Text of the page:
In this next tutorial on the Arduino platform we’re going to learn how to use a button to toggle an LED On and Off with the press of a momentary push button. This isn’t like turning a switch on and off, rather its controlled by logic in the Arduino’s microcontroller. The Arduino reads the state of the button and on press makes a logic decision for what to do do next.

If you haven’t done our previous Arduino LED Tutorial, or our Arduino Button Tutorial, you should consider doing those first as they are considered foundational skills to this tutorial!

Using a Button to Toggle an LED

Using a button to toggle an LED on the Arduino is a logic game. Our sketch will monitor the button to see if it is pressed, or not pressed. On press, the LED will then toggle On or Off, depending on what state it is currently in. If the LED is on, it will turn off. If it is Off, it will turn On.

Although this simple logic seems overkill (and it is), this is a foundational learning skill that is meant to teach an understanding that can be used for larger, more complicated projects. For example, you might have a whole string of things you need the Arduino to do after pressing the button. It may also need to check sensors and act appropriately!

Imagine a garage door opener for a moment. If you press the button, it doesn’t just open or close the door. Rather it goes through a sequence of logic. Is the door open? If it is open, are the garage door sensors clear of humans or pets? Turn the garage door opener’s internal light on. Begin closing the door. etc.

Before you can do all of those things, you need to learn the basics! So let’s start with simple: Use a button to toggle an LED!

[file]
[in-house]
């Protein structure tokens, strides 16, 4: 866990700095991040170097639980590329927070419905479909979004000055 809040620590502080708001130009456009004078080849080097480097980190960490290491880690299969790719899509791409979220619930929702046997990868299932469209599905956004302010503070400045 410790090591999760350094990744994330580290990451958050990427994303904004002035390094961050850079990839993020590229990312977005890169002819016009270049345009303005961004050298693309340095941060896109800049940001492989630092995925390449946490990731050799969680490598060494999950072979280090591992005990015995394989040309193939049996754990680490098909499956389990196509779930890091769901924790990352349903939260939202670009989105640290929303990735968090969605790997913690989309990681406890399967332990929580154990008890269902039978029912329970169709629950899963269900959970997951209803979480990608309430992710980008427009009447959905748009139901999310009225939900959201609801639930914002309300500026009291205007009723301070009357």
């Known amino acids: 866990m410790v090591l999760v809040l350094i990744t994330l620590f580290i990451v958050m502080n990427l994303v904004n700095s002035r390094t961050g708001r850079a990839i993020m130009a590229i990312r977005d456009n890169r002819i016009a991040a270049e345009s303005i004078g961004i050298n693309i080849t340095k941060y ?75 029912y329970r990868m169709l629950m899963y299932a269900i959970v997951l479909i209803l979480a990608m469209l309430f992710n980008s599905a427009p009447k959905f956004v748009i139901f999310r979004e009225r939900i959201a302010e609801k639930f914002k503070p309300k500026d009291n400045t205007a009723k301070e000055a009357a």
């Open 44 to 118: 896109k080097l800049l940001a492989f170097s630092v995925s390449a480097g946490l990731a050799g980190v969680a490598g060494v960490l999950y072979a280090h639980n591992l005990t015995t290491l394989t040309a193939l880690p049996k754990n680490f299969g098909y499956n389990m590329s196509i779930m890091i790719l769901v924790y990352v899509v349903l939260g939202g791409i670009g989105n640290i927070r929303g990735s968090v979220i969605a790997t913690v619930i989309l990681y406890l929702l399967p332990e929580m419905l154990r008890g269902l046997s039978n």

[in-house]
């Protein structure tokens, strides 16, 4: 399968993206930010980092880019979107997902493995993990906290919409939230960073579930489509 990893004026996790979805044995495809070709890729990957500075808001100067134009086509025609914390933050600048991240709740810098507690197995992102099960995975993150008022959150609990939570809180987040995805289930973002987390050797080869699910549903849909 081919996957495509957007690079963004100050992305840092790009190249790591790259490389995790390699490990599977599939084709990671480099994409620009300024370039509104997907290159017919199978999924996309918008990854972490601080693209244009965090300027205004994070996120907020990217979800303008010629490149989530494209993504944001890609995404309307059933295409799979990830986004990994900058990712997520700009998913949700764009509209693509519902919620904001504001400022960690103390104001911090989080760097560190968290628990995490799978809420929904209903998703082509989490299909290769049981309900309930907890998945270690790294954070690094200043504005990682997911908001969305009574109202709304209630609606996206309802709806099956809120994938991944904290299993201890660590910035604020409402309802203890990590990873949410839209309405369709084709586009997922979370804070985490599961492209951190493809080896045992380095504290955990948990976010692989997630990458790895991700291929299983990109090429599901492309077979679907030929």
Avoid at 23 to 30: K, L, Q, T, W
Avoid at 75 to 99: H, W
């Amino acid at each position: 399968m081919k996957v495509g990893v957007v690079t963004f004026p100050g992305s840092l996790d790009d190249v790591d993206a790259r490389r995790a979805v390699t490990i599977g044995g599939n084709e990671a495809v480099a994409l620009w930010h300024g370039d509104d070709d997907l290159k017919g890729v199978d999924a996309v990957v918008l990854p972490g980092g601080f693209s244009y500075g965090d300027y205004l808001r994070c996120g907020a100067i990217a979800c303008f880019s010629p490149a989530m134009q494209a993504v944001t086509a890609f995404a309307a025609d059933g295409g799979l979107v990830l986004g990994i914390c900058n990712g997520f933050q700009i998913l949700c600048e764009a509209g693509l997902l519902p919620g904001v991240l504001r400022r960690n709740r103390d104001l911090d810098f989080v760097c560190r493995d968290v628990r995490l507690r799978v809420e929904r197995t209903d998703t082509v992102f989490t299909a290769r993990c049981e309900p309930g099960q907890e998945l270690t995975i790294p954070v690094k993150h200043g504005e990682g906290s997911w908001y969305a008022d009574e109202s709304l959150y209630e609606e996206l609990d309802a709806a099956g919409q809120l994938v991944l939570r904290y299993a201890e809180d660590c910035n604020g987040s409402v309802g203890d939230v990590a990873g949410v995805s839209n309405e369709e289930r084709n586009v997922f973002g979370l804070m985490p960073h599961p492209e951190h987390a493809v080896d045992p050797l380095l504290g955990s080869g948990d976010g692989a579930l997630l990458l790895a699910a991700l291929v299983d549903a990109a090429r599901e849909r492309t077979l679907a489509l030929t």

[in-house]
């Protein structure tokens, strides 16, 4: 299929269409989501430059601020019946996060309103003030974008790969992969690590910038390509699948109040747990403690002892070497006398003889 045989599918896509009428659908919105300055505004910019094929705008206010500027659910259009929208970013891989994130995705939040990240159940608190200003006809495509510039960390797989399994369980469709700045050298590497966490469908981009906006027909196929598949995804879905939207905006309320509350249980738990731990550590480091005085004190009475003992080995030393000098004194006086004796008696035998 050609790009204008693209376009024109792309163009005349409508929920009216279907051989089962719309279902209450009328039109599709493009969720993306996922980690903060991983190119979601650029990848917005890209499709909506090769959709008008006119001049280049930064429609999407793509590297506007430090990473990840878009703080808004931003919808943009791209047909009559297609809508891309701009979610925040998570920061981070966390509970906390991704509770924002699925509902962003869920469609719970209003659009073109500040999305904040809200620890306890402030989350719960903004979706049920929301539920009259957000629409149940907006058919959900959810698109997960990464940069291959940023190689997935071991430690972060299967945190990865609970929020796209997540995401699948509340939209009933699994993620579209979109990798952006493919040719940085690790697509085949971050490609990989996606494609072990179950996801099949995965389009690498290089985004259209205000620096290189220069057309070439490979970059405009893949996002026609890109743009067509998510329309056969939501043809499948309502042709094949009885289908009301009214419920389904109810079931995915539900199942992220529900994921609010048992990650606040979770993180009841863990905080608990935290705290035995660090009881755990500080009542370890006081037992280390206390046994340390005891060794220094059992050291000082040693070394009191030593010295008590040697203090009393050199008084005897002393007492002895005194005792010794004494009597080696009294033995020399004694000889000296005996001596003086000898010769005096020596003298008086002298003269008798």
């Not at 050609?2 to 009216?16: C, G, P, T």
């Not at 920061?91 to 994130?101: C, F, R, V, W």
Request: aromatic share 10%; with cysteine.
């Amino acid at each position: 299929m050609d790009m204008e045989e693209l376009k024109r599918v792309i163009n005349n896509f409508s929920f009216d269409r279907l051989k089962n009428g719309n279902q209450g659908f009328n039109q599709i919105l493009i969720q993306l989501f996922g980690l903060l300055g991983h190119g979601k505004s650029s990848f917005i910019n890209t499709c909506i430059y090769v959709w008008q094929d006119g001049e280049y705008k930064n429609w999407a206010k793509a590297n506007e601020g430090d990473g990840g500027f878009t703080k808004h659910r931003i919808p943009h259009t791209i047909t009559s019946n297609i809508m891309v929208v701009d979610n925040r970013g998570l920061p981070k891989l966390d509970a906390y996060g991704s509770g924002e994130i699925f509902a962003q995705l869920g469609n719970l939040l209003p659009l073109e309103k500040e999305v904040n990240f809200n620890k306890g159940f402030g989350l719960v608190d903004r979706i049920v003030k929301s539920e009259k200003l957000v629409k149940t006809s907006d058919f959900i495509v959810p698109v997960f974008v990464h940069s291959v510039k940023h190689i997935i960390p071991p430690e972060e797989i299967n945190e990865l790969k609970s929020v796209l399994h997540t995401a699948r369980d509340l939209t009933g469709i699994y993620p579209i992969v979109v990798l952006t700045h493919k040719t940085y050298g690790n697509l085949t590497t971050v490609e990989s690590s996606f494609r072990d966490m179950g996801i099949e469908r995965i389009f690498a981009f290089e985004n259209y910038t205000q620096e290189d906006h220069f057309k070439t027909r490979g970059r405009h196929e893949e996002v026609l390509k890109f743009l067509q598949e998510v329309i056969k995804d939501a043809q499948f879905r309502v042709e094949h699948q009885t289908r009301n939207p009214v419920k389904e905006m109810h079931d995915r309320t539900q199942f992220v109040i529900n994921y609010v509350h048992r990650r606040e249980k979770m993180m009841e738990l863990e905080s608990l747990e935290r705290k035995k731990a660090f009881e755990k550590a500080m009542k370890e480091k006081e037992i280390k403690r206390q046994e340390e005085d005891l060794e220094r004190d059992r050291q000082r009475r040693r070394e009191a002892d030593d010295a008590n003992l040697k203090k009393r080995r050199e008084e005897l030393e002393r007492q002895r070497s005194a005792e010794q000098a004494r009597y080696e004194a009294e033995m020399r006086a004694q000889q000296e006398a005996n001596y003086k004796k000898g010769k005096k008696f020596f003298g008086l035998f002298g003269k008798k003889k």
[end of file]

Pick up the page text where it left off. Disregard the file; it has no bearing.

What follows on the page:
Wiring Diagram for the Button and LED

Let’s start with a wiring diagram for this project.

One thing to be aware of, many Arduino tutorials on buttons leave out the pull-down resistor attached to the button. They do this for simplicity’s sake. However, this inevitability leads to projects that do not work correctly and causes for more grief and frustration to the person doing the tutorial than than the two extra wires needed to add a pull-down resistor. Lack of a pull-down resistor will cause your button presses to be erratic and inconsistent. Without a pull-down resistor, sometimes, just touching the Arduino can cause it to think the button has been pressed,

Parts List for this Project

If you’d like a simple place to get started with the Arduino, here’s a handy parts list to get you started. Some of these links may be affiliate links. These cost you nothing, but if you use them we get a small commission that helps us keep making tutorials like these!

QTYPART/LINK
1XArduino Uno
1XUSB Type B Cable
1XSolderless Breadboard
1XJumper Wire Kit
1XLED Kit
1XButton Kit
1XResistor Kit (220 Ohm)

Code for the Button and LED

Now that you’ve got your LED and button all wired up, let’s put the code on the Arduino! Paste the following code into the Arduino IDE and upload it to your Arduino.

One thing you should be aware of is that this code does not take into effect the problem of debouncing. If you have problems with the switch thinking it was pressed multiple times, you should read our debouncing tutorial. Some switches are more prone to bounce than other switches.

This code tracks the state of the LED (is it on or off) and then tracks the button to see if it has been pressed. Upon pressing the button, the state of the LED is changed.

// constants won't change
const int BUTTON_PIN = 7;  // Connect the Button to pin 7 or change here
const int LED_PIN    = 3; // Connect the LED to pin 3 or change here

// variables will change:
int ledState = LOW;     // tracks the current state of LED
int lastButtonState;    // the previous state of button
int currentButtonState; // the current state of button

void setup() {
  Serial.begin(9600);                // initialize serial
  pinMode(BUTTON_PIN, INPUT_PULLUP); // set arduino pin to input pull-up mode
  pinMode(LED_PIN, OUTPUT);          // set arduino pin to output mode

  currentButtonState = digitalRead(BUTTON_PIN);
}

void loop() {
  lastButtonState    = currentButtonState;      // save the last state
  currentButtonState = digitalRead(BUTTON_PIN); // read new state

  if(lastButtonState == HIGH && currentButtonState == LOW) {
    Serial.println("The button is pressed");

    // toggle state of LED
    if(ledState == LOW)
       edState = HIGH;
    else
      ledState = LOW;

    // control LED arccoding to the toggled state
    digitalWrite(LED_PIN, ledState); 
  }
}

Next Steps

Now you can move on the the next tutorial or go back to the index!